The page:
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Dr. Eluterio Blanco, Jr. grew up in a Mexican American community in South Texas by the Rio Grande border. He didn’t foresee his career leading to where he is now, a clinical assistant professor and addiction studies coordinator at The University of Texas Rio Grande Valley. When he enrolled at The University of Texas at Austin, as a first-generation student on scholarship, he planned to major in engineering. He quickly discovered he was good at the math involved, but it bored him. But “psychology was completely foreign to me,” he says. “I thought this is challenging. This is what I wanted to do.”

When he graduated, psychology degree in hand, Blanco decided he was done with school. He decided to continue his passion for psychology with only a bachelor’s degree by getting his license as an addiction counselor.

While it was partly a way to avoid graduate education — or so he thought — there was also a personal drive behind helping people with addictions. He saw substance use in his community, and he wanted to help.

“Early on, I caught on to the need for services, the need for treatment, the need for counseling,” he says. “Substance abuse was something I was always around – family, friends, just people that I knew – at least for alcohol use and maybe some other substances … I felt like it was just something very natural, not to confront it, but to really just listen, to just guide people through some kind of resolution for this disorder.”

Blanco went on to get his master’s degree in clinical psychology and his Ph.D. in rehabilitation counseling. (He now tells his students to never rule out a graduate degree.) As a researcher, he focuses on Latinx health practitioners’ attitudes toward addiction and how to reduce stigma. He just submitted a grant proposal to the National Institutes of Health (NIH) to train local health care providers in treating alcohol and drug use.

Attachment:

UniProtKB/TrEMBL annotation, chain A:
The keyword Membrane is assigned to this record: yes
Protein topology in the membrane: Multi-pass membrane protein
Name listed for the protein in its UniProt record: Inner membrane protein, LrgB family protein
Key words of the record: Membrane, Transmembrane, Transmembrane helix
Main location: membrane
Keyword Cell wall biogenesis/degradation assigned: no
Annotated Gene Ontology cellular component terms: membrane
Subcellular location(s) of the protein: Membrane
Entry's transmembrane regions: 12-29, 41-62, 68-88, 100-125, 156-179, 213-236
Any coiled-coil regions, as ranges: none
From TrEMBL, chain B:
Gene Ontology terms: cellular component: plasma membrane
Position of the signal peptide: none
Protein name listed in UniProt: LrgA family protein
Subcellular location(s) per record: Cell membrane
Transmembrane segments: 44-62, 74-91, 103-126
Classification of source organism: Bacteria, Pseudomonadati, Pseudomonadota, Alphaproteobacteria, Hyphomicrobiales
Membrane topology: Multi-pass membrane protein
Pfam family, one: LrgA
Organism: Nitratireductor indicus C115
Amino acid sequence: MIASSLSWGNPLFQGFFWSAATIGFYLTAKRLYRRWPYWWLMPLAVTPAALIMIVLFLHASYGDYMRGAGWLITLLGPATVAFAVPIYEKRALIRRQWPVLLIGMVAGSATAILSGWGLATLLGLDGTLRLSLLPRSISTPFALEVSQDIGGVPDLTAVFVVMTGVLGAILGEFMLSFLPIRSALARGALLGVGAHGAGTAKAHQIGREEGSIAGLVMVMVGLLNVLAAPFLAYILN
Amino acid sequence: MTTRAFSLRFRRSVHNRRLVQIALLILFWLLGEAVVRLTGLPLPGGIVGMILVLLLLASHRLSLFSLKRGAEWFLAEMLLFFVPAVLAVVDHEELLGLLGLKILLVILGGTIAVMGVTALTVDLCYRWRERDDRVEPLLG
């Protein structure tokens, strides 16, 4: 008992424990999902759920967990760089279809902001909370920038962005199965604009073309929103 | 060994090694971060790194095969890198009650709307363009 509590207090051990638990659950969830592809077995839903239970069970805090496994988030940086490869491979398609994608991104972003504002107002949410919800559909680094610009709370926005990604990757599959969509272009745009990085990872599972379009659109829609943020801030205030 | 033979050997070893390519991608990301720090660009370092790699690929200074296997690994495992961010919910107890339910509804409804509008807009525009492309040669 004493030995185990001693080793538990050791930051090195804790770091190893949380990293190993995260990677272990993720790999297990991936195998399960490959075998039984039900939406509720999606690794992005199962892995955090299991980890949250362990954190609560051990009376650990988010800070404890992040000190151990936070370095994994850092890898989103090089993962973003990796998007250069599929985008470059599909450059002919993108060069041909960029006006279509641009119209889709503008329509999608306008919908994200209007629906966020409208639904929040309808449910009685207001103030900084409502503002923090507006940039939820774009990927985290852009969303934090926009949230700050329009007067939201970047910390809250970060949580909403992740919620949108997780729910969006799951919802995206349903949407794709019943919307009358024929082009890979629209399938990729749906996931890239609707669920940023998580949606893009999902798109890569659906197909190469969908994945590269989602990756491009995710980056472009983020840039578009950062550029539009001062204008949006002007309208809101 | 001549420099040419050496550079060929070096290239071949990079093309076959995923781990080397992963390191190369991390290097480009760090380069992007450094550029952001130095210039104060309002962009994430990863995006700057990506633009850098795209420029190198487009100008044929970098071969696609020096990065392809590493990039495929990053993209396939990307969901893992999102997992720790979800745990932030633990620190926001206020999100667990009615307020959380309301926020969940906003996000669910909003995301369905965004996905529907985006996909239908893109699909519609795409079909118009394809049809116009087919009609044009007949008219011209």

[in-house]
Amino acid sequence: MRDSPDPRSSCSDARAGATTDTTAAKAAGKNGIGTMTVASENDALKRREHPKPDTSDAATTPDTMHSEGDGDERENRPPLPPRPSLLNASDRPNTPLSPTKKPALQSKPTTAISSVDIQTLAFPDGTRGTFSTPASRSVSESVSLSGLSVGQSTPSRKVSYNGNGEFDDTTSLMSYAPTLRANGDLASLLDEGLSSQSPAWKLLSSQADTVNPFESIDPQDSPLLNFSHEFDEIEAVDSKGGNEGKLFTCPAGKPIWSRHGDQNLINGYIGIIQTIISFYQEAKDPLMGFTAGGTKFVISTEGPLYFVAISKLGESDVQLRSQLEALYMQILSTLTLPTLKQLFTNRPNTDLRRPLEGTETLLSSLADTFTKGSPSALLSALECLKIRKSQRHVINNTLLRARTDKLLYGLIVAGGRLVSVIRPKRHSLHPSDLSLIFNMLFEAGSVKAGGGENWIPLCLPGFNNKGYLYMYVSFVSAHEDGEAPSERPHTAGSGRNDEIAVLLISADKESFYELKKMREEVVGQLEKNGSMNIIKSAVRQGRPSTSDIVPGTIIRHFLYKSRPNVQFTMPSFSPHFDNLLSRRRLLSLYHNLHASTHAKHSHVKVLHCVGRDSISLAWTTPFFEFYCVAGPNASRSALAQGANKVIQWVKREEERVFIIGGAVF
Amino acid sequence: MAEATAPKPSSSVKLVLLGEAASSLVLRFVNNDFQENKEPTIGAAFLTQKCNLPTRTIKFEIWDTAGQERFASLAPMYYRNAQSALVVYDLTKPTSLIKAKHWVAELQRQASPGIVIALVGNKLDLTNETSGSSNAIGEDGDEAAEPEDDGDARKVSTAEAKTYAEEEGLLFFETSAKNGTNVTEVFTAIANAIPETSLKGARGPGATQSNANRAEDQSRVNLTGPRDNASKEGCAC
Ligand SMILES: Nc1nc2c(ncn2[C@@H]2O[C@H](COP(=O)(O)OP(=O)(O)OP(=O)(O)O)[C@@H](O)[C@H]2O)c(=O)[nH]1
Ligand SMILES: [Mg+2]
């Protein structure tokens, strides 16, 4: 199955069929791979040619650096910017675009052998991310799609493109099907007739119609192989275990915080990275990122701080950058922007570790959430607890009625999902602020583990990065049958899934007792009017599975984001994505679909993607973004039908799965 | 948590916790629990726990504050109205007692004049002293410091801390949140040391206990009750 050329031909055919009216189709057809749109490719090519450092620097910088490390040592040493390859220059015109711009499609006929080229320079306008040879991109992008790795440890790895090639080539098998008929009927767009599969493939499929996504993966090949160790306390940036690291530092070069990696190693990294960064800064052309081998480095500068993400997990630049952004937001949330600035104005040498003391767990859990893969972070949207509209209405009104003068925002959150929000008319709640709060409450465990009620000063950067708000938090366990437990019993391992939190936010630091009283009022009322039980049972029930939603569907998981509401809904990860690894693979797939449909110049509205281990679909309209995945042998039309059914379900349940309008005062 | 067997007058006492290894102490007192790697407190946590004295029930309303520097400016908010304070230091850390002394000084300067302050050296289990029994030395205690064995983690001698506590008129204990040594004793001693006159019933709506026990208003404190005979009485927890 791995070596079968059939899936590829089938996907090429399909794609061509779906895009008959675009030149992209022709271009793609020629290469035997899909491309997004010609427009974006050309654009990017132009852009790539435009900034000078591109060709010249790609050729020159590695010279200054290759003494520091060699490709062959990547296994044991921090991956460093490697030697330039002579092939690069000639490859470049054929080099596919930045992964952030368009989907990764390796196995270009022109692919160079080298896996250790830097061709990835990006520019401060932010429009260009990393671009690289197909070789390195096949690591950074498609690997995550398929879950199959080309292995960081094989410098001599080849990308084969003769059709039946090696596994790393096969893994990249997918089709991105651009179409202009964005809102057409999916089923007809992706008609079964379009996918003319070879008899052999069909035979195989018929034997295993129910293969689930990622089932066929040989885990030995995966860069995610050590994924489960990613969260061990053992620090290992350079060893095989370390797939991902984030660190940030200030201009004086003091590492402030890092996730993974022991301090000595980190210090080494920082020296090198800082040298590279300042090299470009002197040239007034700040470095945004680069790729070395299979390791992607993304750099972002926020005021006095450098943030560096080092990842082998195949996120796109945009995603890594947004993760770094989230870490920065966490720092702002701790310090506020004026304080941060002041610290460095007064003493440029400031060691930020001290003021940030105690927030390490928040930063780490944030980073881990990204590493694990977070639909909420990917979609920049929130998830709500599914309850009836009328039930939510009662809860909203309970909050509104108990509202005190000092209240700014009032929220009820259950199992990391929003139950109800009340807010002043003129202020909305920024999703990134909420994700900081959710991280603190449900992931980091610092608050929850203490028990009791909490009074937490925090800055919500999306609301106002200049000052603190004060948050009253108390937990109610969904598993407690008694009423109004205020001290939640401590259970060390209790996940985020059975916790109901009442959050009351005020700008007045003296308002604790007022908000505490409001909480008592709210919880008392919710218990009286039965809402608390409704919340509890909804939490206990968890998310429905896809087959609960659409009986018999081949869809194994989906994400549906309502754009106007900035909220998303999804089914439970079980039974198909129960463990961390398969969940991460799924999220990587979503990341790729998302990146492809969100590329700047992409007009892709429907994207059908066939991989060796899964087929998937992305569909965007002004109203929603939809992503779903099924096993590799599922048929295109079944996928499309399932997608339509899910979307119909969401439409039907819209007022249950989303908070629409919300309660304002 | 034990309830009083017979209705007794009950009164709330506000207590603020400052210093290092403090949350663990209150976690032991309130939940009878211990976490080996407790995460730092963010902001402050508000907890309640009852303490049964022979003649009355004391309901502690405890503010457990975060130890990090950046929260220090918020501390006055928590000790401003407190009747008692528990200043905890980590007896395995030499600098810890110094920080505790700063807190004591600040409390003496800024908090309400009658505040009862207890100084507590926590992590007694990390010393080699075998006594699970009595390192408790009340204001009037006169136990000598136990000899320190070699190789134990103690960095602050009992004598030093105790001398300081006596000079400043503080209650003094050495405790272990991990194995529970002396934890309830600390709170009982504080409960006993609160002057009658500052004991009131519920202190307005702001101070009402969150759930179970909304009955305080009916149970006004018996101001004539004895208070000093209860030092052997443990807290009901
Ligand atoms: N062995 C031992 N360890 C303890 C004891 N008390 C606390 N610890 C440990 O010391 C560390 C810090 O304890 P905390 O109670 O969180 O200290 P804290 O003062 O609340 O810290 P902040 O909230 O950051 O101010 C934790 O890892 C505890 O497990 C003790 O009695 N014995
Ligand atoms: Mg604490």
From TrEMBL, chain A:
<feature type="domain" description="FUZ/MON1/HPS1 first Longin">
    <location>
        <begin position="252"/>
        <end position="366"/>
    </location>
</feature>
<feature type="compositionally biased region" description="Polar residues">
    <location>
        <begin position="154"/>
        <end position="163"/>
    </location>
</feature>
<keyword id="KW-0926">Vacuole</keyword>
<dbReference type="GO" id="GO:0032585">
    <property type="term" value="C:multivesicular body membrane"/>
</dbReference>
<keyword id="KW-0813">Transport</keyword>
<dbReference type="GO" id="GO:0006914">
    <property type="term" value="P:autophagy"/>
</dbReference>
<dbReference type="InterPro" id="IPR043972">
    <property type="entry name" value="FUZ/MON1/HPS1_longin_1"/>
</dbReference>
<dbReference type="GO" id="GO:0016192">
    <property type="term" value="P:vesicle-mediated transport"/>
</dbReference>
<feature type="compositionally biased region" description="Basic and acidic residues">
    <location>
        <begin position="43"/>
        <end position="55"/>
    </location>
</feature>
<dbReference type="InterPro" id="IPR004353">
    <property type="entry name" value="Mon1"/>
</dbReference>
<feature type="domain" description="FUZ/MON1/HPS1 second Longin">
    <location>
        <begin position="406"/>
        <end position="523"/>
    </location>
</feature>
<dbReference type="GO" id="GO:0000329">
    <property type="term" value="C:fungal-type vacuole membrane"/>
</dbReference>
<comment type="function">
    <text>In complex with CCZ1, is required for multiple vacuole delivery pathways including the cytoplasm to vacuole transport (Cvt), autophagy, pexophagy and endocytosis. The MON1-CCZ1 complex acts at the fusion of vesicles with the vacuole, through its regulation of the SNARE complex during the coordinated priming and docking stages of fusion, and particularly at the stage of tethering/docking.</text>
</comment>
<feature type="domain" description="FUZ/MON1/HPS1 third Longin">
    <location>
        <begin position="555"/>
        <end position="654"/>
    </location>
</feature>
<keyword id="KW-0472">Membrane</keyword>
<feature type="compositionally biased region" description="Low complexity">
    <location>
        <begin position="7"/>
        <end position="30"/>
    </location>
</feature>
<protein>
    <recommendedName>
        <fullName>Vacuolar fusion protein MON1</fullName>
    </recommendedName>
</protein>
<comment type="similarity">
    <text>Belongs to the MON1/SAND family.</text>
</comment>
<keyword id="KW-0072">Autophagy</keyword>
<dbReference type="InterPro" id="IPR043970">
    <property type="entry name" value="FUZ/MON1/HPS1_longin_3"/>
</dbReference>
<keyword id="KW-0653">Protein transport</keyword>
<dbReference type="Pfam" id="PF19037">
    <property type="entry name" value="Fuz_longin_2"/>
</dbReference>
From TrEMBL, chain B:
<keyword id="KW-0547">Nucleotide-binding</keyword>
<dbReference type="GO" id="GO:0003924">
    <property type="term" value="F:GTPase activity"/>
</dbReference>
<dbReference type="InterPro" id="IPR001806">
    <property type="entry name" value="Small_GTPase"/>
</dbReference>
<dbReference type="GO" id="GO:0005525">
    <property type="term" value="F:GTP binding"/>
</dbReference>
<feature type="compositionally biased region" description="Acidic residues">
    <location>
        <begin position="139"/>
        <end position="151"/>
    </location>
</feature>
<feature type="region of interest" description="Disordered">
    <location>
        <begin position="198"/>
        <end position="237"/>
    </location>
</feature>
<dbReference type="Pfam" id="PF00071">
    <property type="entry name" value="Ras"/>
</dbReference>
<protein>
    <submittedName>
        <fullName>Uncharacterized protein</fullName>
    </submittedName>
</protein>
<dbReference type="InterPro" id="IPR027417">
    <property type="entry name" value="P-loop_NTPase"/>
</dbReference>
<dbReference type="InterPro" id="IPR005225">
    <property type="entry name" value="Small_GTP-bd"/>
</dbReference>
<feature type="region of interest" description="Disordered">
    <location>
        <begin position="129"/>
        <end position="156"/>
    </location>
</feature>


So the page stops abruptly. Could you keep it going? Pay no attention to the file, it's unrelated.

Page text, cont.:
In the surrounding area, much of the Latinx community lacks health insurance or easy access to medical care, so people can find themselves in local clinics with doctors who carry biases, like believing people with an addiction are “lacking in some kind of morality” versus struggling with a public health problem, Blanco says.

He finds that it helps to inform doctors about the medical aspect of addiction and arm them with treatment options.

“It’s all about education,” he says. “It’s about educating not just patients but providers as well … because [addiction] is heavily stigmatized in our community. At least in the Mexican American community, people are not completely buying into the notion that addiction is treatable.”

It can be hard to retrain people. But he’s sustained by “the hope that it helps clients, it’ll help people want to seek out and get more substance use care, and the influence that’ll have on the community,” he added. “We can hopefully create some kind of a paradigm shift where people in the community will want to go out and get help and talk about their substance use rather than how it is now, where it’s something that’s kept very secretive and not discussed at all.”

In addition to his work with Latinx doctors, Blanco is also training future addiction specialists like himself. Two years ago, he launched The University of Texas Rio Grande Valley’s bachelor’s degree program in addiction studies, an online program meant to educate future clinicians across the state — and potentially across the country. It’s now in the process of earning accreditation. Dr. Bruce Reed, Blanco’s mentor, praised his commitment and content expertise as the program’s coordinator, calling him a clinician and scholar whose “career is on the rise.” Reed is the director of the School of Rehabilitation Counseling & Services at The University of Texas Rio Grande Valley.

For one thing, Blanco is “a very enjoyable, positive person,” he says, “a fun person to be around.”

But also, “at the core of it, we’re training the next generation of professionals to help in our communities,” Reed added. “And to me, it’s very important to have the right values, and [Blanco] brings that. He brings a passion and an empathy and imparts that on our students.”
Title: Clinical Assistant Professor and Addiction Studies Coordinator, School of Rehabilitation Services and Counseling, The University of Texas Rio Grande Valley.
Education: B.S. psychology, The University of Texas at Austin; M.S., clinical psychology, The University of Texas-Pan American; Ph.D., rehabilitation counseling, The University of Texas Rio Grande Valley.
Mentors: Dr. Bruce Reed, The University of Texas Rio Grande Valley
Words of wisdom/advice for new faculty members: “Always to approach their chair with ideas. Don’t wait for ideas to come to you. Always bring ideas forward. And if for whatever reason those ideas are not supported or rejected, have backups to that. Anticipate that.”
Age: 40
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